It’s the character without whom a story would not even exist. Snow White, Cinderella, Little Red Riding Hood – their stories couldn’t manage without them! The central character is also the person (or fox, or elf, or robot) around whom the action revolves: the one who is most likely to make the choice, mistake or decision that precipitates the denouement of the story, be it a triumph or a tragedy.
The word count limit in a short story competition entry doesn’t usually allow for lengthy pages of set-up, backstory, or for long, physical descriptions of the characters themselves. So, as you write, always keep asking yourself: what does the reader actually need to know? At what point does the reader need to know it?
It’s easy to paint a convincing portrait of a character in very few of those precious words by giving this person an age-appropriate first name, and by mentioning clothing, habits and lifestyle in passing.
Titles are sometimes the last thing to be decided, but always bear in mind that a good one can do both you and your story a big favour, getting the reader to ask those important questions straight away.
You’ve written your first draft and maybe made some notes on possible changes or developments. Now it’s time to read the rules of the competition again and find out if your story still meets the entrance requirements. I know this sounds as if I’m stating the obvious. But many entrants don’t appear to do this, so their entries are disqualified.
The most common reasons for disqualification are failing to follow the rules, failing to submit an entry by the closing date, and failing to pay the entry fee.
What kinds of stories tend to win the Exeter Writers competitions?
They’re the ones that manage to intrigue, engage and also surprise us: stories that introduce us to central characters with whom we can identify and about whom we will want to care. Some sparks of originality or maybe an ingenious take on a traditional tale are always welcome.
It would be worth reading a few of our winning stories so you get a clue or two about the sorts of things we generally seem to enjoy. Do any of us write fiction themselves? You can find out by looking up our member details on this website.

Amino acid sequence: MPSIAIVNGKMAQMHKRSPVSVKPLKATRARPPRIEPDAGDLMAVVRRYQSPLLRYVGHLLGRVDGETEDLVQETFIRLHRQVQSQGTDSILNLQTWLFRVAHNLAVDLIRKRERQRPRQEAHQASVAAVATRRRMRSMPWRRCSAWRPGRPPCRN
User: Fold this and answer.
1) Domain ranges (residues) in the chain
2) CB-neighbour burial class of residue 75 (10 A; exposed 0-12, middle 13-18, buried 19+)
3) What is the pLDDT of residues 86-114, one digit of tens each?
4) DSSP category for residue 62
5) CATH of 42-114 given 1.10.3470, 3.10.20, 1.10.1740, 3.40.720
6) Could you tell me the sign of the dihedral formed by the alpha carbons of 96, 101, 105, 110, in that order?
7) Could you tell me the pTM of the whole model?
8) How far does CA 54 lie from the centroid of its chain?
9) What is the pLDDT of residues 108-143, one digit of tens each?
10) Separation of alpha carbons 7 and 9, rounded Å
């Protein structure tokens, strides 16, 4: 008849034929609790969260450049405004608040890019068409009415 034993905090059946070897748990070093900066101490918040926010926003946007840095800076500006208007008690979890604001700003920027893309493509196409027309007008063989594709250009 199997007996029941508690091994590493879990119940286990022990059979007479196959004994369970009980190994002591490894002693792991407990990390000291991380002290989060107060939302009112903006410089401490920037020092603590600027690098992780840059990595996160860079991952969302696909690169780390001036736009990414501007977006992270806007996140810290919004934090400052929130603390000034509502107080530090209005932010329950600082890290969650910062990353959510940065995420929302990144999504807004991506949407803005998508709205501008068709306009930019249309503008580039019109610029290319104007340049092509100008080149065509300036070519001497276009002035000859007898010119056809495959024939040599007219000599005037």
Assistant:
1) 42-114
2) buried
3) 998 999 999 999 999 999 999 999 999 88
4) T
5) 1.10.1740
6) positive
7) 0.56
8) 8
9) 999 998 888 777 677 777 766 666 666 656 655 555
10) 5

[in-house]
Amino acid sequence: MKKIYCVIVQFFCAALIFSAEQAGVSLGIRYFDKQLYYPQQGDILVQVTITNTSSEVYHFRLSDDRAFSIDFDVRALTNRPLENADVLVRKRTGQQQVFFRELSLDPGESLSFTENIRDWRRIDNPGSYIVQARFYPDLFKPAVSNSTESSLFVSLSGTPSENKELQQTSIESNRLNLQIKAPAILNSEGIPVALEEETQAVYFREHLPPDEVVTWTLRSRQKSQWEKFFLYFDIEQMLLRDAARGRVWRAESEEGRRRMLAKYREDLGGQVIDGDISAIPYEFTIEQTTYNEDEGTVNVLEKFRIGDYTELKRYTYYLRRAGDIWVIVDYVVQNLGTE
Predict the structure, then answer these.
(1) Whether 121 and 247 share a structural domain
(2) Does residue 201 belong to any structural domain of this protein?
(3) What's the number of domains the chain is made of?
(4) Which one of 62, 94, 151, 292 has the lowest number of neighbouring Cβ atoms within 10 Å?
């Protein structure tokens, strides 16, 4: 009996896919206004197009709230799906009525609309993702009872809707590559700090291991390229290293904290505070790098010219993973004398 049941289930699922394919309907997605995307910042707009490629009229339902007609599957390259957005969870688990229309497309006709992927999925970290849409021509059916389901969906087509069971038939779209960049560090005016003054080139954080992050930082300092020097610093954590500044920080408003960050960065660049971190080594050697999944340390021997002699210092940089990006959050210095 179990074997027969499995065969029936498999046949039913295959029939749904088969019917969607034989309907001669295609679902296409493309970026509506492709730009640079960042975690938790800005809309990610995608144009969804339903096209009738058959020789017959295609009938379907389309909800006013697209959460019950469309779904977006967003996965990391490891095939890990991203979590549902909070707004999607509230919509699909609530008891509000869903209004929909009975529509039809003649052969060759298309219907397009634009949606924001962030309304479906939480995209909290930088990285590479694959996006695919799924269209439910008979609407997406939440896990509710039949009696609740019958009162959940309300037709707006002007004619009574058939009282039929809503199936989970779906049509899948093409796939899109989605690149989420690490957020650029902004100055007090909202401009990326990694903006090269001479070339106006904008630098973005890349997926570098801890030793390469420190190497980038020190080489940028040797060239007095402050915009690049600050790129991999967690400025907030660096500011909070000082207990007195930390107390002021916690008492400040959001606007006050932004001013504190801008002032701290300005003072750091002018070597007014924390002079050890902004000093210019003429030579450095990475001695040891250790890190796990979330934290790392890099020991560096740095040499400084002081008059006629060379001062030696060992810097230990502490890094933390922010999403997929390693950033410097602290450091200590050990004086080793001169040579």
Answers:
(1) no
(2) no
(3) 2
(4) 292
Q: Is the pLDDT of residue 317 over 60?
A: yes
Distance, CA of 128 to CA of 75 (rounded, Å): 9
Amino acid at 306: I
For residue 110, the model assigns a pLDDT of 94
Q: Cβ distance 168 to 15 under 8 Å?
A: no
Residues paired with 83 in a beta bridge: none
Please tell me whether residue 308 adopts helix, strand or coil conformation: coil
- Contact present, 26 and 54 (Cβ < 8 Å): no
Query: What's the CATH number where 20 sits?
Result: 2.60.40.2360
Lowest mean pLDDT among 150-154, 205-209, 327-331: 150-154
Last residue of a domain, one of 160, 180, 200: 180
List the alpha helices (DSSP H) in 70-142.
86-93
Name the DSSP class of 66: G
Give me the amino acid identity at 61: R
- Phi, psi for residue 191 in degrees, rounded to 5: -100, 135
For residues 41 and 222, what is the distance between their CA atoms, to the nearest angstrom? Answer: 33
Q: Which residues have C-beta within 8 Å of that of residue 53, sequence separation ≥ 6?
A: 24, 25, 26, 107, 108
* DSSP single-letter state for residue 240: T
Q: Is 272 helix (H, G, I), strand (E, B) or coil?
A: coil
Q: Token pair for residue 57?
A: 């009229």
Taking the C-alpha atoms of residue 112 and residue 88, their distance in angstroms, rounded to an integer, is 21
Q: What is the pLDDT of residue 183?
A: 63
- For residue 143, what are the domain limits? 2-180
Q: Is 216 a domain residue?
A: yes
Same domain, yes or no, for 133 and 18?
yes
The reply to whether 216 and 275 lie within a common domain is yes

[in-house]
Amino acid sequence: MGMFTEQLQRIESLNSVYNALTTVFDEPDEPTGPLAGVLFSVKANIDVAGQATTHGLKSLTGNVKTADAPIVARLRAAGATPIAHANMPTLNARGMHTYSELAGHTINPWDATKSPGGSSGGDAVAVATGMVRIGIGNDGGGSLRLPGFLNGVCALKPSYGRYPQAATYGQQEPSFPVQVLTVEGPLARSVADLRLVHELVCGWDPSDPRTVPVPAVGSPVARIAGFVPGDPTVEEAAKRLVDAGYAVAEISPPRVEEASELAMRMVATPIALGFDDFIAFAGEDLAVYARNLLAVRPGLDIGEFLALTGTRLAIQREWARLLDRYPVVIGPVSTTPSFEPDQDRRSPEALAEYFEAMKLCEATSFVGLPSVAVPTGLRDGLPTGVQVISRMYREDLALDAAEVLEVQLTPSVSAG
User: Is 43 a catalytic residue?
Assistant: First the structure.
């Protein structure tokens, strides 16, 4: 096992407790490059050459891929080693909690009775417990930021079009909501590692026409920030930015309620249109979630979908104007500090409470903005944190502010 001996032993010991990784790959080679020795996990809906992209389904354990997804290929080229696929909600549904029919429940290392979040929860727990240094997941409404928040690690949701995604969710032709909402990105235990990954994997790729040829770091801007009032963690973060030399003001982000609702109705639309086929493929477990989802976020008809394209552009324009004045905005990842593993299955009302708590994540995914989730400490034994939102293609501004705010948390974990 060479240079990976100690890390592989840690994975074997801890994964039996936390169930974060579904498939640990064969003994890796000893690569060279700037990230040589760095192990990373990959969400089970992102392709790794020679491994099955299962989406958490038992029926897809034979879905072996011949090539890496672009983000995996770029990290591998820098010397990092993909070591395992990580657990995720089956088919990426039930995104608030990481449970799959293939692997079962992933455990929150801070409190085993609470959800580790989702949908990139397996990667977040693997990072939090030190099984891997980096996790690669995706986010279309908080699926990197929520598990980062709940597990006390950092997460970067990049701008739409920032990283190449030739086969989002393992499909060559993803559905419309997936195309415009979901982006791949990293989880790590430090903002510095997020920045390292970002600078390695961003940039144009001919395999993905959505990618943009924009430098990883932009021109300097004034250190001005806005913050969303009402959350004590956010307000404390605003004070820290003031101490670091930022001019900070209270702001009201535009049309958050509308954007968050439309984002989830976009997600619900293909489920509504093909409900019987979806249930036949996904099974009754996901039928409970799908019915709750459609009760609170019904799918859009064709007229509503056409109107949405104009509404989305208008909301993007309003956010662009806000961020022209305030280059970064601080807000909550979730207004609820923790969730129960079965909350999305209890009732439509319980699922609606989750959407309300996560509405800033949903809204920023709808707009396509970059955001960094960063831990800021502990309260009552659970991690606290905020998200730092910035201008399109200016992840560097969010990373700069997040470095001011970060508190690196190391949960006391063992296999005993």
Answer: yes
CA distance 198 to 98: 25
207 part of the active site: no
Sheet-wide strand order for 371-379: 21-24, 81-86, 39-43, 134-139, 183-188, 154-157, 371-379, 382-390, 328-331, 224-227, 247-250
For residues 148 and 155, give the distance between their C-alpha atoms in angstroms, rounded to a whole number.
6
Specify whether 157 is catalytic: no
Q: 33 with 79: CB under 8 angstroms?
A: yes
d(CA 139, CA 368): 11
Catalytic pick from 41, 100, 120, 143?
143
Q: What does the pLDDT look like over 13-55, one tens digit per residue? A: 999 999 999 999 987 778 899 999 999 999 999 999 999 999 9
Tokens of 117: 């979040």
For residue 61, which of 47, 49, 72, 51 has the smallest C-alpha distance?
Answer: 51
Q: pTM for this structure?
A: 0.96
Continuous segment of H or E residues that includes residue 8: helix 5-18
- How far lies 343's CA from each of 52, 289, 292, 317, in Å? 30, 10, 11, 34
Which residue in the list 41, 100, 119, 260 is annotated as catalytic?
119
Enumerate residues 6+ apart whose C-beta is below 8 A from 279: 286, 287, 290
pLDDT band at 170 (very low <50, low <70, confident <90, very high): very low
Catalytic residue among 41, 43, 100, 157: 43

What kinds of stories tend not to win our competitions?
We’re not keen on clichéd endings, so maybe don’t enter a story in which you reveal that what happened was all a dream.
We are very happy to read crime, thriller and mystery fiction, but we don’t need to be disgusted by descriptions of gratuitous violence or cruelty that don’t serve any purpose in the story.
As for romantic fiction – we probably won’t need to read pages and pages about people having sex, but we will be interested to learn how the lovers met, what happened when they fell in love, and what went right or wrong for them.
Some themes and storylines have been done to death in recent years: for example, that old chestnut of her husband’s not having an affair, he’s organising a surprise party.
We all take different paths through life. So, although some writers start winning literary competitions right at the beginning of their careers, don’t forget that others will have served long apprenticeships and practised their craft for many years before success came their way.
Good luck, and happy writing!
Margaret James is an author of historical and contemporary fiction as well as journalist for Writing Magazine. She has co-authored several creative writing books with fellow member Cathie Hartigan and also teaches creative writing at the London School of Journalism.